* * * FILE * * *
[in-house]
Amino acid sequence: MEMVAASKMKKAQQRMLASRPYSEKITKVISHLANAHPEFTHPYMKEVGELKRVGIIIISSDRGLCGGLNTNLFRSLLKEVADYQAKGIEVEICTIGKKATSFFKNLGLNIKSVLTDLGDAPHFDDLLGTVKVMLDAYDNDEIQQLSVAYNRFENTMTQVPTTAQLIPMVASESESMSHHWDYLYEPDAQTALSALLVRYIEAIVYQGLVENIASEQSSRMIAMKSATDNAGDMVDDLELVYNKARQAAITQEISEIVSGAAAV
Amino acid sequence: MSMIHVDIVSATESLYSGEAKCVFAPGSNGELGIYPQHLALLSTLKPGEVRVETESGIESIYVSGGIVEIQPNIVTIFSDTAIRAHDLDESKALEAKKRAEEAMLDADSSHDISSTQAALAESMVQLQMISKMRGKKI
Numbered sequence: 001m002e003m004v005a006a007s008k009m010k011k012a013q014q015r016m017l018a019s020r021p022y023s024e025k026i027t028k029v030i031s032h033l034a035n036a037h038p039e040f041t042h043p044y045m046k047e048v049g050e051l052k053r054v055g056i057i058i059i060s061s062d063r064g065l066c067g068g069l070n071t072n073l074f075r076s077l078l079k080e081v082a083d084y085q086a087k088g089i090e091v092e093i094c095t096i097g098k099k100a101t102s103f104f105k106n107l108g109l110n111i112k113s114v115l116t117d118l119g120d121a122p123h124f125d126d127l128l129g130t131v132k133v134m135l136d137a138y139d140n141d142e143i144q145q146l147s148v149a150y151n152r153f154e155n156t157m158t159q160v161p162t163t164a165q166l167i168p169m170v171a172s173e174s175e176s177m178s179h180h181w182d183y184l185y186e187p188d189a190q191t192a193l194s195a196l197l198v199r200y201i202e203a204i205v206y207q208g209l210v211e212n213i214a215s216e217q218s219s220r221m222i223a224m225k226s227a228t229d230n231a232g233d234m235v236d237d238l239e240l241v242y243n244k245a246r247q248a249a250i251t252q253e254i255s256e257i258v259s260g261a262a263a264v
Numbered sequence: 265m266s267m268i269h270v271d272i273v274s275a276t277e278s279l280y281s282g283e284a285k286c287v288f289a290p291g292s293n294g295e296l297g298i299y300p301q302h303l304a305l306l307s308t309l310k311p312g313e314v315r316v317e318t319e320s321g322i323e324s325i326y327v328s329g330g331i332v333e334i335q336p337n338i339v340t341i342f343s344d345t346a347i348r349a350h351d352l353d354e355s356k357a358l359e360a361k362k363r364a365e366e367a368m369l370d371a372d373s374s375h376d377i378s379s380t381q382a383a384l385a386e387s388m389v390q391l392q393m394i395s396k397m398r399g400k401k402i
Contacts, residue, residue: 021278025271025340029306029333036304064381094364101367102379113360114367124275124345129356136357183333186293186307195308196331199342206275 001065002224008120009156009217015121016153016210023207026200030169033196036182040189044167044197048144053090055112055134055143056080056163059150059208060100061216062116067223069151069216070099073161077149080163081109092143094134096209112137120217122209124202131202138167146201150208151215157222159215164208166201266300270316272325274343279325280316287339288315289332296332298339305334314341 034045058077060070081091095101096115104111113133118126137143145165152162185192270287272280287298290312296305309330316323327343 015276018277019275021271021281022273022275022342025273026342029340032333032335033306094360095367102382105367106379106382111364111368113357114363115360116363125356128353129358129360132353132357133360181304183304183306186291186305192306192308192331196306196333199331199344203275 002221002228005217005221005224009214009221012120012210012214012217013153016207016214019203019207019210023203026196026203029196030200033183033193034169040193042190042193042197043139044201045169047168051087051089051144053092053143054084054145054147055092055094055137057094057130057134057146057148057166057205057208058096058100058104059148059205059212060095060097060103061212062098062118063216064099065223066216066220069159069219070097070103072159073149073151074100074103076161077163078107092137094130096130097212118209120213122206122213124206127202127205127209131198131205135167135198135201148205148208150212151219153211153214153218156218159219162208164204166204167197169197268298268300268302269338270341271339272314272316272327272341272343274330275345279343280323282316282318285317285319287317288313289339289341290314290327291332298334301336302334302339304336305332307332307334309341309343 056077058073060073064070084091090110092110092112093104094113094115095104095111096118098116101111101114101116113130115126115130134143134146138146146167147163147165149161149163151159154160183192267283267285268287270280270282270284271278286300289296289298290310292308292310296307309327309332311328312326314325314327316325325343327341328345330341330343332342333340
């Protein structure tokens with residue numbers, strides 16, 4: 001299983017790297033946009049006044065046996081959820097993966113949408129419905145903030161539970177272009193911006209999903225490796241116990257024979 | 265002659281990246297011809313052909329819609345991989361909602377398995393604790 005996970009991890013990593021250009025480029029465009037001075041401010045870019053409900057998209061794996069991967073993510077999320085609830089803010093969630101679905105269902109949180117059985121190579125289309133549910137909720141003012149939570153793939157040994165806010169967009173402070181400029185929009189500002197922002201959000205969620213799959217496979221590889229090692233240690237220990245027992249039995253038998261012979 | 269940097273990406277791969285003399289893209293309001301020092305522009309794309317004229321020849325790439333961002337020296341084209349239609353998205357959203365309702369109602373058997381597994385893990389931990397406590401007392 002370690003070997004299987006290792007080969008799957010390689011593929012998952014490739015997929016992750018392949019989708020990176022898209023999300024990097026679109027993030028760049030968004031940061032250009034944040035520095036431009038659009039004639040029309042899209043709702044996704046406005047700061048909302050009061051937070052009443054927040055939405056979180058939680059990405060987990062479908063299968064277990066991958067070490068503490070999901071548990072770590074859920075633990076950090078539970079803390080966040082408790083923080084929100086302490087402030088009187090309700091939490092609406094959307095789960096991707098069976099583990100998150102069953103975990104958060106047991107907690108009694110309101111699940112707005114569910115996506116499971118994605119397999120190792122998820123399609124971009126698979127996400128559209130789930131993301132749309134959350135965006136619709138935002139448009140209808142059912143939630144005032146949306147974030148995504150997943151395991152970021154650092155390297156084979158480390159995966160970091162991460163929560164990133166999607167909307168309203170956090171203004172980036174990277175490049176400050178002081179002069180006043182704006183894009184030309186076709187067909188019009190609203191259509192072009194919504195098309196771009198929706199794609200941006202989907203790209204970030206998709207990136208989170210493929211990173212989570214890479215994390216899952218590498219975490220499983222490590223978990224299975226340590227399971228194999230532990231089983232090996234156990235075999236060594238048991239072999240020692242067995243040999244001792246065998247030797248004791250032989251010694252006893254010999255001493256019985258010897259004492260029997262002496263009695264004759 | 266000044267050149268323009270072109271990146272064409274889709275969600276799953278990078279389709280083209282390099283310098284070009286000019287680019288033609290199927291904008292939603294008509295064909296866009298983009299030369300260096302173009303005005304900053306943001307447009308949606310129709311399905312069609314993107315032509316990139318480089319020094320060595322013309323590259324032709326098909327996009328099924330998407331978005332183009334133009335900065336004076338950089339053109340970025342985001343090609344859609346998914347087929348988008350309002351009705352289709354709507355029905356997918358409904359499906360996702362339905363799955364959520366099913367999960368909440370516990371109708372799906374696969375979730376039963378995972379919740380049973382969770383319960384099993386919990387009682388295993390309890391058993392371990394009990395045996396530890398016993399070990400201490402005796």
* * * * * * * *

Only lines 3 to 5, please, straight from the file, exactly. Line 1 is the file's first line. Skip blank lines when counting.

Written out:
Amino acid sequence: MSMIHVDIVSATESLYSGEAKCVFAPGSNGELGIYPQHLALLSTLKPGEVRVETESGIESIYVSGGIVEIQPNIVTIFSDTAIRAHDLDESKALEAKKRAEEAMLDADSSHDISSTQAALAESMVQLQMISKMRGKKI
Numbered sequence: 001m002e003m004v005a006a007s008k009m010k011k012a013q014q015r016m017l018a019s020r021p022y023s024e025k026i027t028k029v030i031s032h033l034a035n036a037h038p039e040f041t042h043p044y045m046k047e048v049g050e051l052k053r054v055g056i057i058i059i060s061s062d063r064g065l066c067g068g069l070n071t072n073l074f075r076s077l078l079k080e081v082a083d084y085q086a087k088g089i090e091v092e093i094c095t096i097g098k099k100a101t102s103f104f105k106n107l108g109l110n111i112k113s114v115l116t117d118l119g120d121a122p123h124f125d126d127l128l129g130t131v132k133v134m135l136d137a138y139d140n141d142e143i144q145q146l147s148v149a150y151n152r153f154e155n156t157m158t159q160v161p162t163t164a165q166l167i168p169m170v171a172s173e174s175e176s177m178s179h180h181w182d183y184l185y186e187p188d189a190q191t192a193l194s195a196l197l198v199r200y201i202e203a204i205v206y207q208g209l210v211e212n213i214a215s216e217q218s219s220r221m222i223a224m225k226s227a228t229d230n231a232g233d234m235v236d237d238l239e240l241v242y243n244k245a246r247q248a249a250i251t252q253e254i255s256e257i258v259s260g261a262a263a264v
Numbered sequence: 265m266s267m268i269h270v271d272i273v274s275a276t277e278s279l280y281s282g283e284a285k286c287v288f289a290p291g292s293n294g295e296l297g298i299y300p301q302h303l304a305l306l307s308t309l310k311p312g313e314v315r316v317e318t319e320s321g322i323e324s325i326y327v328s329g330g331i332v333e334i335q336p337n338i339v340t341i342f343s344d345t346a347i348r349a350h351d352l353d354e355s356k357a358l359e360a361k362k363r364a365e366e367a368m369l370d371a372d373s374s375h376d377i378s379s380t381q382a383a384l385a386e387s388m389v390q391l392q393m394i395s396k397m398r399g400k401k402i